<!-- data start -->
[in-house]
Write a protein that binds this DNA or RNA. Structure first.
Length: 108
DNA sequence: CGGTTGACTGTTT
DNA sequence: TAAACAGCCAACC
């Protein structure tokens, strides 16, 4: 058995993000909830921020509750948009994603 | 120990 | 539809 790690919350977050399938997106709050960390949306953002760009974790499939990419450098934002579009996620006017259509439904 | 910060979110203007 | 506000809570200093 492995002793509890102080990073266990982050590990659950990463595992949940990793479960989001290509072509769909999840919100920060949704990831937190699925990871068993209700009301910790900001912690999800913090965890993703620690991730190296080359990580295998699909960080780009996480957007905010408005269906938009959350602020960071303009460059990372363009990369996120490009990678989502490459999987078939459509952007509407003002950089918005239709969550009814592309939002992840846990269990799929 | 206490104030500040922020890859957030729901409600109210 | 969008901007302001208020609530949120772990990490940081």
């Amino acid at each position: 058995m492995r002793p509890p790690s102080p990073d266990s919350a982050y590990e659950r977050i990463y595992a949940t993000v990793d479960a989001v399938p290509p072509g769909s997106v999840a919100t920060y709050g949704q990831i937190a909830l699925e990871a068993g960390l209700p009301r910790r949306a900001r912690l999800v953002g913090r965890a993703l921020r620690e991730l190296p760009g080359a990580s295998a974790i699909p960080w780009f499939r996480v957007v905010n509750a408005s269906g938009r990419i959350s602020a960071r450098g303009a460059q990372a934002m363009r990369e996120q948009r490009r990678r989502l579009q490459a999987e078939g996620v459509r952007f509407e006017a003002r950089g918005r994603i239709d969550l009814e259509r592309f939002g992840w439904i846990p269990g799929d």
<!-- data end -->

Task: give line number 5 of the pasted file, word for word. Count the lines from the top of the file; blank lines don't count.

DNA sequence: TAAACAGCCAACC